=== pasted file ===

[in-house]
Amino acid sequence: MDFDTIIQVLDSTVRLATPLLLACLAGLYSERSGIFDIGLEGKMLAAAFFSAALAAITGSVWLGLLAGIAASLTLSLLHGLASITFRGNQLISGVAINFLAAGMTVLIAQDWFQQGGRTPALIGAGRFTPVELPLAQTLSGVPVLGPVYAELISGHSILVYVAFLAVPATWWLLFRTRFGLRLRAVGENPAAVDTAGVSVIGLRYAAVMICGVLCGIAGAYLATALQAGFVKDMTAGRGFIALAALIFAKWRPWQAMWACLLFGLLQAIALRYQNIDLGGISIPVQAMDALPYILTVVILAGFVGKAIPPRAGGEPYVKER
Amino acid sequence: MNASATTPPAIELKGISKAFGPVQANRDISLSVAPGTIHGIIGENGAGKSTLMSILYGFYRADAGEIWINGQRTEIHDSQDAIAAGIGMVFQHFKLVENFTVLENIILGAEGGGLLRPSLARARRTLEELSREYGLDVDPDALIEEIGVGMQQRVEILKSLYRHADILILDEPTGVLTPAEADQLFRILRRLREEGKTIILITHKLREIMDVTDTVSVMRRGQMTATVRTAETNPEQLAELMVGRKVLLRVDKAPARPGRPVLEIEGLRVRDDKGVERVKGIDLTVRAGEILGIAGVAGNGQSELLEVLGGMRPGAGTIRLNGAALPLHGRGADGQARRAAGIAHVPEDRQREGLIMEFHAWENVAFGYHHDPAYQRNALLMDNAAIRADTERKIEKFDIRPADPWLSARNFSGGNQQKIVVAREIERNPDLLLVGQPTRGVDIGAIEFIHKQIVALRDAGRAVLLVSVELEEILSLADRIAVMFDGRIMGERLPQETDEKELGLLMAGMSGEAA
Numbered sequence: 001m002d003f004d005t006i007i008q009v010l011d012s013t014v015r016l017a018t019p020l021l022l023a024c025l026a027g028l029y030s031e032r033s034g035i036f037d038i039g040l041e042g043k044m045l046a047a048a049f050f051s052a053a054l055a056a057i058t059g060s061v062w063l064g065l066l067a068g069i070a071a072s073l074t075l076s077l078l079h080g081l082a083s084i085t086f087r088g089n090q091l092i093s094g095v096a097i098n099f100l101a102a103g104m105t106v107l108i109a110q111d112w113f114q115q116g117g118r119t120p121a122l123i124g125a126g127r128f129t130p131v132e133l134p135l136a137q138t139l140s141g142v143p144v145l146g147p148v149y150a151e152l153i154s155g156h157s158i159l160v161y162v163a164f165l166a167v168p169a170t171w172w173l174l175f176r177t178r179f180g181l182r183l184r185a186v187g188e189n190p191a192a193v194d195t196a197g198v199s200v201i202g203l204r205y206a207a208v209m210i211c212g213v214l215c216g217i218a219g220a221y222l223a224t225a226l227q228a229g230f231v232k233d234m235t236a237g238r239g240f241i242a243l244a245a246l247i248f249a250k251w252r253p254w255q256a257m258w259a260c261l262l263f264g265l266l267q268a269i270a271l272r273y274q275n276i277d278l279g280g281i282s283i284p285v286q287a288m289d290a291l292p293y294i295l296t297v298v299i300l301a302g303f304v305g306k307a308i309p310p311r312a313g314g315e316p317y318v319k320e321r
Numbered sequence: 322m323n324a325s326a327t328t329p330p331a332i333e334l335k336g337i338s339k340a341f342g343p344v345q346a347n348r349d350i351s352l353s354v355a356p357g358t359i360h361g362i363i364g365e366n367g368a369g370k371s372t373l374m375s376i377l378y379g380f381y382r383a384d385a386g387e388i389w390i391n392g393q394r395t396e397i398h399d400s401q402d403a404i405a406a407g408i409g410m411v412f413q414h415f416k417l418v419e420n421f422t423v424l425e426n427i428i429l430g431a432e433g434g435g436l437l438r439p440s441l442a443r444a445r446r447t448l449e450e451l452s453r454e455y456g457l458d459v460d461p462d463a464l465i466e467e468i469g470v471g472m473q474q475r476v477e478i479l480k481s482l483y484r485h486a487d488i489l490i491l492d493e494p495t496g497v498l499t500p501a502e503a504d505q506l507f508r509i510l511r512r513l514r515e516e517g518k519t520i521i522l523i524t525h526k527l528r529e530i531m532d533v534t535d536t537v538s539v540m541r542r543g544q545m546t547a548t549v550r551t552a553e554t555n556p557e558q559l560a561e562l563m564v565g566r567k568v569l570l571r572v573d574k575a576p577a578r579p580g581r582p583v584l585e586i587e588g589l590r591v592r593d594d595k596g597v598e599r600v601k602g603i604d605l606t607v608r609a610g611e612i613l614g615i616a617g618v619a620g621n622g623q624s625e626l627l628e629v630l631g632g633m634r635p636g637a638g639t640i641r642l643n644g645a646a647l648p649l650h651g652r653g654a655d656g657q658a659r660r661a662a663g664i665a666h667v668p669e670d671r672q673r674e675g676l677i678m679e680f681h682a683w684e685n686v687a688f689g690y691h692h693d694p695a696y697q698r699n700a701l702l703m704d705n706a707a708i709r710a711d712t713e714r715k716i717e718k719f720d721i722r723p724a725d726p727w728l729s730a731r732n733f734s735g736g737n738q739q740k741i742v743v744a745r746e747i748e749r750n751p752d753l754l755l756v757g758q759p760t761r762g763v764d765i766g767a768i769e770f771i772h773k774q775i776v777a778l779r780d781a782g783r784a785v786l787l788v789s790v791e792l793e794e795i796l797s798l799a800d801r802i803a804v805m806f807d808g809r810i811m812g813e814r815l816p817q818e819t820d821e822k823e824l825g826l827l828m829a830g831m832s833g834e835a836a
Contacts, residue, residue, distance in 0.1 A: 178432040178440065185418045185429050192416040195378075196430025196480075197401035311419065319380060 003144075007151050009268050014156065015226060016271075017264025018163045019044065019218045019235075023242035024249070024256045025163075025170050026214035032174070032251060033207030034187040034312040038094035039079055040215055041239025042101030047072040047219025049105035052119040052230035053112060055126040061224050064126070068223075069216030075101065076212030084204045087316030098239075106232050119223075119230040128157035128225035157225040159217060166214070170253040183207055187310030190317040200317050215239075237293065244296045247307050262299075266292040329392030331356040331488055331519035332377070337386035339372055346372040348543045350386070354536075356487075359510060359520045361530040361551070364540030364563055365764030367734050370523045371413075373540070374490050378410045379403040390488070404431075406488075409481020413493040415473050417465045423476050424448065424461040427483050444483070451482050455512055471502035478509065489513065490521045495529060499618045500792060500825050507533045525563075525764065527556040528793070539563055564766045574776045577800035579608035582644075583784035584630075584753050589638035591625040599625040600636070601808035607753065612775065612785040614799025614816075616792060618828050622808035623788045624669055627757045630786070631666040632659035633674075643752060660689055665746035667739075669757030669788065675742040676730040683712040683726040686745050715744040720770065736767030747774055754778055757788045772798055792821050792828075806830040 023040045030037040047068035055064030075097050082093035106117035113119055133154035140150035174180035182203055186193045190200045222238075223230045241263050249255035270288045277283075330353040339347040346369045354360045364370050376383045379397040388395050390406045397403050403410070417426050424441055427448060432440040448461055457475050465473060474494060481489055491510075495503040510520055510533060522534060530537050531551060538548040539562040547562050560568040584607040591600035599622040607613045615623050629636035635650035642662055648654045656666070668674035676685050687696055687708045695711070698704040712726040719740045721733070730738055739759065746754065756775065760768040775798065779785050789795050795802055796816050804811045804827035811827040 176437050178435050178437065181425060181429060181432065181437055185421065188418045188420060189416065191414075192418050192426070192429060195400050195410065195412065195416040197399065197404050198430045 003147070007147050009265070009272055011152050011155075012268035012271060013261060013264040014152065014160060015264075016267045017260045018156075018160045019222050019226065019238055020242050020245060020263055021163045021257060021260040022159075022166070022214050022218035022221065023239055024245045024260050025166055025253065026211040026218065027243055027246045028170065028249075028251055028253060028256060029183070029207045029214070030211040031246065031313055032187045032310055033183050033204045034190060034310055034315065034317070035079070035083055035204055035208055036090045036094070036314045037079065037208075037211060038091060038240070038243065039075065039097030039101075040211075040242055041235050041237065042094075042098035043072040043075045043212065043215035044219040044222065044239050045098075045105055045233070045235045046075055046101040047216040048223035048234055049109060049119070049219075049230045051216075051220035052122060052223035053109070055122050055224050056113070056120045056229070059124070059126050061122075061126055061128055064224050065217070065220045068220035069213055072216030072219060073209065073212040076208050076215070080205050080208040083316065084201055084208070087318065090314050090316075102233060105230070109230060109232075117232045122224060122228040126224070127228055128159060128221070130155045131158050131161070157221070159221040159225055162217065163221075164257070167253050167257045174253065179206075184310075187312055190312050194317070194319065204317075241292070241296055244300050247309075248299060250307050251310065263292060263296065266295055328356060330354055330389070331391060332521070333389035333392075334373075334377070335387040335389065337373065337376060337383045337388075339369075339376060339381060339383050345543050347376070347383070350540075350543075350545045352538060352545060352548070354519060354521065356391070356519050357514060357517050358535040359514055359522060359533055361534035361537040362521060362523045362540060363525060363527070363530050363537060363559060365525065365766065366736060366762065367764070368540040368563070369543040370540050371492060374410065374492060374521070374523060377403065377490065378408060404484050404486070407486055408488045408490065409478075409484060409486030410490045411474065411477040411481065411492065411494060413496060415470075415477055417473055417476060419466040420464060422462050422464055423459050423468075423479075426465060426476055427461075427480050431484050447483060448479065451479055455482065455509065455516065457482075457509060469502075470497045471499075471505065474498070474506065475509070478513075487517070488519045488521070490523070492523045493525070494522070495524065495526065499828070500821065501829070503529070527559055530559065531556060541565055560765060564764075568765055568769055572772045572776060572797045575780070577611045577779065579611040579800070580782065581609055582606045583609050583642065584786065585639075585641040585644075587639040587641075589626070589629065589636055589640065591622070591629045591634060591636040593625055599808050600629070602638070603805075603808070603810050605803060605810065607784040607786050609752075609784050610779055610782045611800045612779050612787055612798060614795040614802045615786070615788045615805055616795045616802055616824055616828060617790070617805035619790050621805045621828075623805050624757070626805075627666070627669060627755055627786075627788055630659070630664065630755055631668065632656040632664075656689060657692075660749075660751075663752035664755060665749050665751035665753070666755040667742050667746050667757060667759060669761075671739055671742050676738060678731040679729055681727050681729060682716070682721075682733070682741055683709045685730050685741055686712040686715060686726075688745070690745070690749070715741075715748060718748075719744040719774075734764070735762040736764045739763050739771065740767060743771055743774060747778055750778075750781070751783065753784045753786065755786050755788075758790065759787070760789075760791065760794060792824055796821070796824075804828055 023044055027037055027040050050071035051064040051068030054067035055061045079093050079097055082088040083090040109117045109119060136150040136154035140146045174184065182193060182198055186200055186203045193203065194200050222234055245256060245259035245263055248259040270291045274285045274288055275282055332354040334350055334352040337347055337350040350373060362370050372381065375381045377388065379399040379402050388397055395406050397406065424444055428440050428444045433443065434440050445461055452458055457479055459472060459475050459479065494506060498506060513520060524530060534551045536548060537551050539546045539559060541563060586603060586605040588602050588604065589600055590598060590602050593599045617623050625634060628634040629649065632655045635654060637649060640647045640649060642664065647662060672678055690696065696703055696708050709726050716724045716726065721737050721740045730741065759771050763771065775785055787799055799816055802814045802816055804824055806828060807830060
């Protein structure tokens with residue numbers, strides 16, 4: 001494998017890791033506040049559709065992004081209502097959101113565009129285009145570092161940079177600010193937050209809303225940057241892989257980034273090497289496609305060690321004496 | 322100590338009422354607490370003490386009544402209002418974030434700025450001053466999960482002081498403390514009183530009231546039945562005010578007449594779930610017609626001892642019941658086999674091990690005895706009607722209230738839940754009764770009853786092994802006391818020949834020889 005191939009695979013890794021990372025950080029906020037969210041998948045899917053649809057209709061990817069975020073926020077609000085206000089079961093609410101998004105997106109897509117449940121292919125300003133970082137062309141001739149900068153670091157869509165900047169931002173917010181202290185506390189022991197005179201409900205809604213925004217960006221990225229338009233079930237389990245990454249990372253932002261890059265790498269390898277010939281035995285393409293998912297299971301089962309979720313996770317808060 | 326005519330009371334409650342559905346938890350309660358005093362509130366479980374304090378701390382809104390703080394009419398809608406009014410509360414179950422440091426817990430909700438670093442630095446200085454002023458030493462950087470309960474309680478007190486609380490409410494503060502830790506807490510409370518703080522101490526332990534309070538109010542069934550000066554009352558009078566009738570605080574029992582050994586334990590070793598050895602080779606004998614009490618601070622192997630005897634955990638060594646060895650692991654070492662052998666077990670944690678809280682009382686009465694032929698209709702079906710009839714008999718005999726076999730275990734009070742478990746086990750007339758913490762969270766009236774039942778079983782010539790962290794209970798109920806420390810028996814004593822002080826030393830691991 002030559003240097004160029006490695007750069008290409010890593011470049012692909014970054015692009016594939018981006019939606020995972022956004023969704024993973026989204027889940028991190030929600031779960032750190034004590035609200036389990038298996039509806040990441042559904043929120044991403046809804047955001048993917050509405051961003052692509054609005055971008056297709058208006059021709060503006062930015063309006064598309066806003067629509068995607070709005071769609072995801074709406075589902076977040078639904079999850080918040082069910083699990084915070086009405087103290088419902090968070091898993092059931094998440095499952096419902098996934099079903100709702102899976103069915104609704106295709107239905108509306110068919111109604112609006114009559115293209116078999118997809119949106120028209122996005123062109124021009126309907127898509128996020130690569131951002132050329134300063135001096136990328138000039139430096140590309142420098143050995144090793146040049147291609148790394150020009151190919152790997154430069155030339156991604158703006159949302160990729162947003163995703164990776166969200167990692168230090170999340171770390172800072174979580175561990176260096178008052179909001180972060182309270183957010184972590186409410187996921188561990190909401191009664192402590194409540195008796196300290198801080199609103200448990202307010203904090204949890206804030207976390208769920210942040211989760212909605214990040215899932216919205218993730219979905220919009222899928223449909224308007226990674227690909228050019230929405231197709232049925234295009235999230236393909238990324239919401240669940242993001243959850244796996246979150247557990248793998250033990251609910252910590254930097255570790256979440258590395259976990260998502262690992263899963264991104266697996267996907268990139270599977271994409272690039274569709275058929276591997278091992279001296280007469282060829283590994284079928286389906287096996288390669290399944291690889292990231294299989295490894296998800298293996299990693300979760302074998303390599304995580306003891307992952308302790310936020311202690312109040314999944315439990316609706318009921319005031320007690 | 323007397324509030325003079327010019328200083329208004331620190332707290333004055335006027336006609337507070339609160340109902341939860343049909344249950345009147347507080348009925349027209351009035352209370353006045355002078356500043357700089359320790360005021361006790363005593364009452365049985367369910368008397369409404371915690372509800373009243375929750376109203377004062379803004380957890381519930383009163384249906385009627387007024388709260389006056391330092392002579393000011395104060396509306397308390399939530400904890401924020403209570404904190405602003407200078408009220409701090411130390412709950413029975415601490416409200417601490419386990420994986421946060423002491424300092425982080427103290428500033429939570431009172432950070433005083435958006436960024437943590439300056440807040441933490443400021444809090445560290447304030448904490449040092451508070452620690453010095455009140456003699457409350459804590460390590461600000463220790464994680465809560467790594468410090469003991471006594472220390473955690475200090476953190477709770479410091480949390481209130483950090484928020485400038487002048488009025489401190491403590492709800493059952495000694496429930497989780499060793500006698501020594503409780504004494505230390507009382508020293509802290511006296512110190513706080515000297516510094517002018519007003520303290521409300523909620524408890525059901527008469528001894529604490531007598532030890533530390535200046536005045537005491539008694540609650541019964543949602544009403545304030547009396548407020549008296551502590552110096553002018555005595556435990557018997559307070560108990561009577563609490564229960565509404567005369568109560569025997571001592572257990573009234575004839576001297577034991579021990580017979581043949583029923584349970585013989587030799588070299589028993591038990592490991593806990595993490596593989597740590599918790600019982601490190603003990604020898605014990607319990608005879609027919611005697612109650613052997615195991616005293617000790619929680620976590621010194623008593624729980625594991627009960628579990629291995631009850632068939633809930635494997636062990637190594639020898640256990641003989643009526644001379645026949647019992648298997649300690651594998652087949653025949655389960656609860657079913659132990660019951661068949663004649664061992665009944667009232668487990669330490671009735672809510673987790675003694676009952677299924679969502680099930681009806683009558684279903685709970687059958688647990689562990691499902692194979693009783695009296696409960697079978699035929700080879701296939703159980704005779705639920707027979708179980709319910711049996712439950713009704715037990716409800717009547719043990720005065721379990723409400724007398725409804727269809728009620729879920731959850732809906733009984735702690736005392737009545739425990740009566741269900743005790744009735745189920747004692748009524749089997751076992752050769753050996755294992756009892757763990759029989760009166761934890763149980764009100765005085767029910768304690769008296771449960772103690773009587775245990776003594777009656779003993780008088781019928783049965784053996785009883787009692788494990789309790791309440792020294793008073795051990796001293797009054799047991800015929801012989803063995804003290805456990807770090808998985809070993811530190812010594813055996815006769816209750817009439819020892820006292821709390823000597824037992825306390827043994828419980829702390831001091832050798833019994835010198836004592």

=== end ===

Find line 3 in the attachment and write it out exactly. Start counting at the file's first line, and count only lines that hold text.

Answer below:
Amino acid sequence: MNASATTPPAIELKGISKAFGPVQANRDISLSVAPGTIHGIIGENGAGKSTLMSILYGFYRADAGEIWINGQRTEIHDSQDAIAAGIGMVFQHFKLVENFTVLENIILGAEGGGLLRPSLARARRTLEELSREYGLDVDPDALIEEIGVGMQQRVEILKSLYRHADILILDEPTGVLTPAEADQLFRILRRLREEGKTIILITHKLREIMDVTDTVSVMRRGQMTATVRTAETNPEQLAELMVGRKVLLRVDKAPARPGRPVLEIEGLRVRDDKGVERVKGIDLTVRAGEILGIAGVAGNGQSELLEVLGGMRPGAGTIRLNGAALPLHGRGADGQARRAAGIAHVPEDRQREGLIMEFHAWENVAFGYHHDPAYQRNALLMDNAAIRADTERKIEKFDIRPADPWLSARNFSGGNQQKIVVAREIERNPDLLLVGQPTRGVDIGAIEFIHKQIVALRDAGRAVLLVSVELEEILSLADRIAVMFDGRIMGERLPQETDEKELGLLMAGMSGEAA